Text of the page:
Guest Blog by Alejandro Mandes (inspired by John 4) Jesse was touring with His disciples Billy, Jerry and Joel. One day he sent them into Wal-Mart to get some food for their evangelistic swing. While they were gone he met an undocumented man standing at the day-laborer corner eating some tacos and looking for work. Jesse went to him and said, “Hola, amigo, can I have one of your tacos?” The hombre looked down, then in broken English said, “Why are you talking to me, and why do you want some of my tacos? The only time your kindofpeople talk to my kind of people is when you want us to work for you. We stand on this corner and people laugh and spit at us. You people call us ‘illegal,’ ‘wetbacks’ and ‘Messycans’…so why do you now call me ‘amigo?’ And now you want my tacos, señor?” Jesse said, “if you knew who asked you for your taco you would have asked me and I would have given you food that would give you eternal life.” The hombre said, “Señor, are you feeling okay? You are standing on our day-labor corner and don’t have any food in your hand to give life. How can you give me food that will help me live forever? You need to get out of the sun, señor. We don’t need your invisible food.” Jesse said, “If you would ask me, I would give life to you.” The hombre no longer looked down but directly at Jesse. “Life? We don’t need the kind of life your people offer. We have holy rollers and hallelujah people come to this corner and talk to us all the time about eternal life. They tell us we need to go to their churches to get right with God. They tell us we should not be here, then they take us to their home to cut the grass, take out their trash and paint the walls. In their house they treat us like we are invisible, but we see what they are watching on TV and the kind of magazines they are reading. Sometimes they get drunk and send us away without paying us. Is that the kind of life you are talking about?” Jesse said, “Show me your green card.” The hombre said, “I don’t have a green card.” Jesse responded, “You have said well you don’t have a green card. You have come to this country illegally five times.” “Señor, are you a curandero? We are so confused about religion and where should we go to church. Los Americanos tell us to go to their churches but then they treat us like we are basura. Some of their radio evangelists call us thieves and criminals and then they want us to convert and go to their church. We are crying out to God because we live in fear. We are only here to help feed our families and live a quiet life.” Jesse said, “I came that you might have life and have it abundantly. If you come to me I will save you and guide you. I know your pain. I was an immigrant in a foreign land as a child. I was rejected by my own religious people. I have overcome. I can feed you. I can give you true security. I can make your load light. I can give you real eternal life.” At that the undocumented hombre dropped his taco, saw Jesse as the Savior and ran to tell his compañeros that he had found the Son of Mary and Joseph of the Bible on the corner at Wal-Mart. Billy, Jerry and Joel came out of Wal-Mart and saw Jesse talking to the man. They said, “Why are you talking to this ‘wetback?’ They shouldn’t even be here. You might be breaking the law just by talking to them. They are hated and it will be bad for our public relations.” Jesse said, “I have public relationships you have no knowledge about.” (Joel wondered, “did he find a PR agent we don’t know about?”) About that time a large group of people were coming around the side of the Wal-Mart toward Jesse when Jesse said to the disciples, “lift up your eyes and see the people who are made in my image. This is what the Great Commission is all about. Sometimes a little compassion opens doors for the good news in ways no seminary training or PR will ever get you. If you want to reach people for the gospel, you are going to have to talk to lawbreaking sinners. You were once lawbreaking sinners. Quit looking down on them! Turn off the TV and radio talk show hosts and get a life. I came to seek and save the sick and not the healthy. These people need me and they know it.” The people all sat around Jesse and he gave them the food the disciples had bought in Wal-Mart and taught them, in perfect Spanish, about security, peace and eternal life. By evening they were all saved and they lead Jesse to their trailer park. They shared with Him their meager foods of lengua, chorizo, menudo and home made salsa (not the fake stuff they sell at Wal-Mart). Then Jesse healed all the people that were brought to him. The disciple marveled that he cared about these undocumented people. Jesse told the disciples, “I came to seek and to save that which is lost. Let he who is without sin cast the first stone.” Jesse told the disciples that they needed to care for all people, including the undocumented. Finally Jesse said to the disciples, “all authority has been given to me in heaven and on earth. Go therefore and make disciples of all the nations, baptizing them in the name of the Father and the Son and the Holy Spirit, teaching them to observe all that I commanded you; and lo, I am with you always, even to the end of the age” (Matthew 28:18-20).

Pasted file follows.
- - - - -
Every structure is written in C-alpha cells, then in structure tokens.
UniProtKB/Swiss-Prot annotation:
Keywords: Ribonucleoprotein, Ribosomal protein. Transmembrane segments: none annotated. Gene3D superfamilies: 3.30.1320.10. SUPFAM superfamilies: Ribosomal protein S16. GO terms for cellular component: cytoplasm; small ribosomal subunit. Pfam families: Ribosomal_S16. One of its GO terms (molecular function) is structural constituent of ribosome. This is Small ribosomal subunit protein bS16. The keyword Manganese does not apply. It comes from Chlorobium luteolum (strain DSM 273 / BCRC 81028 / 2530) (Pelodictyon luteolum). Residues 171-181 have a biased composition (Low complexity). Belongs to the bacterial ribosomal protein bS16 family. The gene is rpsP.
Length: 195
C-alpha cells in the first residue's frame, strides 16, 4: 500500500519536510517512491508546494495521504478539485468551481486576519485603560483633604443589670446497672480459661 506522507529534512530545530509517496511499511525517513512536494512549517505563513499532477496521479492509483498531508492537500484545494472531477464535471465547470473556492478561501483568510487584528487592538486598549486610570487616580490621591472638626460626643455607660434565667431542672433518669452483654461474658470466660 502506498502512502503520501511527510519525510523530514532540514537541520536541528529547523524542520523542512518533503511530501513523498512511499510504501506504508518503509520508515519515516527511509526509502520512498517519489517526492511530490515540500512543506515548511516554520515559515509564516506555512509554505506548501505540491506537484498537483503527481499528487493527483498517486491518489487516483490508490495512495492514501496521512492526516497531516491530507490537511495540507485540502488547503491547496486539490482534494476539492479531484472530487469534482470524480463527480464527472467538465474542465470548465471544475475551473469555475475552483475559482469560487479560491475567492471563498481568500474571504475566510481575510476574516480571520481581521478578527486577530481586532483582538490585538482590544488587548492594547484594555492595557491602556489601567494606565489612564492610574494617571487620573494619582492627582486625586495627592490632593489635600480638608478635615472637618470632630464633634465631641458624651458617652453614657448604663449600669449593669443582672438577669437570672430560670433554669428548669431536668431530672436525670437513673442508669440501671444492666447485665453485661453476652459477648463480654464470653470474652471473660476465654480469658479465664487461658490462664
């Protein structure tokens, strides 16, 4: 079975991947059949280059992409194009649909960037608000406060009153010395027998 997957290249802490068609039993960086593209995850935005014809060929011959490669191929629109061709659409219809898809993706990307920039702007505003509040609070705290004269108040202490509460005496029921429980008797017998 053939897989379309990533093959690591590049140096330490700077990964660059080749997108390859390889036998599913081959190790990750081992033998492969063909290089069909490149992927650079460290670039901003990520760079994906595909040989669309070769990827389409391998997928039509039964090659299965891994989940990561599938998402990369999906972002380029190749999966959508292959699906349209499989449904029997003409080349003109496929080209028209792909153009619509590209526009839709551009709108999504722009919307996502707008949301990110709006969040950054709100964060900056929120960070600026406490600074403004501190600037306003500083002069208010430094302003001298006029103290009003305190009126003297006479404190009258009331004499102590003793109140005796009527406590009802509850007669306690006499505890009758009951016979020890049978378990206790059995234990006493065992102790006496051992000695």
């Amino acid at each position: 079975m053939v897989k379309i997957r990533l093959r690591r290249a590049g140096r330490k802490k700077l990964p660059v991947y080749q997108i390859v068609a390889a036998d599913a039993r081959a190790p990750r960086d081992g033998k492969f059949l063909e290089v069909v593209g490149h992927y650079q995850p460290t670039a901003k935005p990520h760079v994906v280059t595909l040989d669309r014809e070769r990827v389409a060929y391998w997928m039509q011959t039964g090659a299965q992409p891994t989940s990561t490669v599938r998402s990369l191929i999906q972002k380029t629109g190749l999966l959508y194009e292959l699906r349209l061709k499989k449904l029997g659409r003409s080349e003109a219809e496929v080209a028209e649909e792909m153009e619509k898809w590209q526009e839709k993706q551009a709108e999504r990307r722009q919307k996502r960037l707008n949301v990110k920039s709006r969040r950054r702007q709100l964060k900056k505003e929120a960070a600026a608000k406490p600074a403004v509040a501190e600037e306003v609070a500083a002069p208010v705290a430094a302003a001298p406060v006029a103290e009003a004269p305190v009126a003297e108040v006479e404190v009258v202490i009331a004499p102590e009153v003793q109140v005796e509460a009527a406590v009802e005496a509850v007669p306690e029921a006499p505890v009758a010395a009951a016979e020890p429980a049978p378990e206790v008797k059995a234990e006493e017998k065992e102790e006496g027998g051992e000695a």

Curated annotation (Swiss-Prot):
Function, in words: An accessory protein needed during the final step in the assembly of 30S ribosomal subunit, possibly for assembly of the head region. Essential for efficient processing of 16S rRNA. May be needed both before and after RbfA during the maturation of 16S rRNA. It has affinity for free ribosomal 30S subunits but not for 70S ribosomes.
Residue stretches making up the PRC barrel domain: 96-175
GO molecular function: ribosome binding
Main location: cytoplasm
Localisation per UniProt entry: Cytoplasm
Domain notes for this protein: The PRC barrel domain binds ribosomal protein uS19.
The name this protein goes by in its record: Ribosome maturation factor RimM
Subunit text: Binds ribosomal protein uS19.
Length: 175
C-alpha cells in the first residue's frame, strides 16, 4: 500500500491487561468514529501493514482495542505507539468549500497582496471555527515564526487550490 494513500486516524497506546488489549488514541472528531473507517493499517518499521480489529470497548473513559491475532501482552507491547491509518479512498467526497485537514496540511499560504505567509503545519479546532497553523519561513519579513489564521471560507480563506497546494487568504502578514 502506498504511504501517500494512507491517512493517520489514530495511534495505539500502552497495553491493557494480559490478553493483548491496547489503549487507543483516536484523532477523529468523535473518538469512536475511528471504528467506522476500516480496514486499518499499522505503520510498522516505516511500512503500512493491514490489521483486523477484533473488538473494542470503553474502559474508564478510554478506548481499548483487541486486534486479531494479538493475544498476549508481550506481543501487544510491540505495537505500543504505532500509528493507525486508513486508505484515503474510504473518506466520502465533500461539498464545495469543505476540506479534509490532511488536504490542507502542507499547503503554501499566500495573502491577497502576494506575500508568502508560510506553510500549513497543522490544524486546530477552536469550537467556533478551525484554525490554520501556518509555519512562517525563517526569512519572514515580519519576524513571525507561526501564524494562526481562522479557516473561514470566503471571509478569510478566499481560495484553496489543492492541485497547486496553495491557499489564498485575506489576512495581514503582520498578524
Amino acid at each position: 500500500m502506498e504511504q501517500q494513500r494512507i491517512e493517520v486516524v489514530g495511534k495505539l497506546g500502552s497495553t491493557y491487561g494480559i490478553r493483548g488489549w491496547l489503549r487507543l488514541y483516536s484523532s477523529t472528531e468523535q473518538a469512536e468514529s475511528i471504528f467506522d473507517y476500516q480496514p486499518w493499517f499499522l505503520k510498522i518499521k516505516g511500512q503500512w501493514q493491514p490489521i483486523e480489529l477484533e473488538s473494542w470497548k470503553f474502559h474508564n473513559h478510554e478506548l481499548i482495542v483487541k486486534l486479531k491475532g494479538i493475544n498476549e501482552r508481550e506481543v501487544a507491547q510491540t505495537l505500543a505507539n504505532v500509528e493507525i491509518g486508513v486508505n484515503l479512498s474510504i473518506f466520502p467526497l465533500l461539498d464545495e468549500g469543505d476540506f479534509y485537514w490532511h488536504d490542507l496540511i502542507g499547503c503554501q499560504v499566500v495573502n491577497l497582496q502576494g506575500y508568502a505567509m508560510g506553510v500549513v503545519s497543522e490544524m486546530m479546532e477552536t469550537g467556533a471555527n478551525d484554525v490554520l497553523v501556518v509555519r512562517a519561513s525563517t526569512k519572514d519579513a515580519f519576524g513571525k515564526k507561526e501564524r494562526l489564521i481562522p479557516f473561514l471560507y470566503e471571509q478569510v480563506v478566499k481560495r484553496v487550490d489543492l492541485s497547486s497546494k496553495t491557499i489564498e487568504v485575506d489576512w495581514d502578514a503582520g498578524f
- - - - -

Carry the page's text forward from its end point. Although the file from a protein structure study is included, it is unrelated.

Alejandro Mandes serves as the Director for Hispanic Ministries with the Evangelical Free Church of America. He earned his doctorate at Dallas Theological Seminary and a Masters of Social Work at the University of Texas. He has helped to begin various ministries serving immigrant communities for the Evangelical Free Church, including the GATEWAY theological education program and Immigrant Hope. Please note that the views expressed do not necessarily represent those of everyone associated with G92 or any institutions with which the blogger may be affiliated. If you’re interested in writing a guest blog, send us an email at firstname.lastname@example.org.
Tagged with: Great Commission • John 4 • Samaritan • undocumented immigrant • Wal-Mart • woman
[…] This post was mentioned on Twitter by Jesse Oxford, John McCollum. John McCollum said: http://bit.ly/fWWrWe Jesse and the daylaborer at Walmart. […]
Seriously? Equating the Samaritan woman to an undoocumented worker?
Not sure what you mean. Why can’t they be equated?
Thanks, Dr. Mandes, for the thought-provoking re-write.
Seems like a twisted stretch in the comparison. If the illegal alien stays here illegally, just accepting it doesn’t make it right.
Still its a good message to love others as Christ has loved us.
The Samaritans were despised half-breeds who were not welcome in Israel. That description seems to fit undocumented immigrants quite well these days, I would say. Jesus shocked the religious establishment by welcoming Samaritans, staying with them, preaching to them, making them the heros of his story about who obeyed the second greatest commandment. If Jesus were here today, would he be hanging with “illegals?” Of course. And he’d likely be no more welcome in most churches than he was in the synagogues. Jesus’ treatment of Samaritans demonstrates a greater “right” here than what a culture’s law prescribes as right: the unalienable rights of human dignity and worth.
Very well written. Except the part where the illegal immigrant disguised as ‘day laborer’in the story is told to “Go back home and sin no more” is left out.
I should note that, to meet our word limits, we edited and shortened Dr. Mandes’ piece from what he originally submitted. I don’t have it in front of me at the moment, but I think Dr. Mandes had included a parallel statement in his original submission, so the omission is due to the editor, not the author, and wasn’t an intentional re-writing of the story but simply an effort to keep the post within our length guidelines.
Thanks for the feedback.